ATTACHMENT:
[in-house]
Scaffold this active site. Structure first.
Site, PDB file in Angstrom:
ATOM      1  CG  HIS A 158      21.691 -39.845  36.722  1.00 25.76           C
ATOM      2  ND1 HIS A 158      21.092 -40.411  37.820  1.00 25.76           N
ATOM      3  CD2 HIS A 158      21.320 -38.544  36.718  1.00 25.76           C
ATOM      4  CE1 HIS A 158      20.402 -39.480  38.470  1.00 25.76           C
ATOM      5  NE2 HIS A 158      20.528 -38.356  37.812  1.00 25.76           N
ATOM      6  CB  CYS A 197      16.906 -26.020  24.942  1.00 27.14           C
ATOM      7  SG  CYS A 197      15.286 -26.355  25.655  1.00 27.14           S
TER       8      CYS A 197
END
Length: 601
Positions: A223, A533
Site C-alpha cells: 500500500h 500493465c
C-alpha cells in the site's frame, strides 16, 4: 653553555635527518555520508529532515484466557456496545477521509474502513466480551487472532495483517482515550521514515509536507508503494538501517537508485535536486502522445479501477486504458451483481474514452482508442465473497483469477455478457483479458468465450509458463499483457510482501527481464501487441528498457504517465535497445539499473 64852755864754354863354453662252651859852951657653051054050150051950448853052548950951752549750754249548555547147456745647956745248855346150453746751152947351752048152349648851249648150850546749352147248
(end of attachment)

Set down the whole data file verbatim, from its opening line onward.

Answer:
[in-house]
Scaffold this active site. Structure first.
Site, PDB file in Angstrom:
ATOM      1  CG  HIS A 158      21.691 -39.845  36.722  1.00 25.76           C
ATOM      2  ND1 HIS A 158      21.092 -40.411  37.820  1.00 25.76           N
ATOM      3  CD2 HIS A 158      21.320 -38.544  36.718  1.00 25.76           C
ATOM      4  CE1 HIS A 158      20.402 -39.480  38.470  1.00 25.76           C
ATOM      5  NE2 HIS A 158      20.528 -38.356  37.812  1.00 25.76           N
ATOM      6  CB  CYS A 197      16.906 -26.020  24.942  1.00 27.14           C
ATOM      7  SG  CYS A 197      15.286 -26.355  25.655  1.00 27.14           S
TER       8      CYS A 197
END
Length: 601
Positions: A223, A533
Site C-alpha cells: 500500500h 500493465c
C-alpha cells in the site's frame, strides 16, 4: 653553555635527518555520508529532515484466557456496545477521509474502513466480551487472532495483517482515550521514515509536507508503494538501517537508485535536486502522445479501477486504458451483481474514452482508442465473497483469477455478457483479458468465450509458463499483457510482501527481464501487441528498457504517465535497445539499473 64852755864754354863354453662252651859852951657653051054050150051950448853052548950951752549750754249548555547147456745647956745248855346150453746751152947351752048152349648851249648150850546749352147248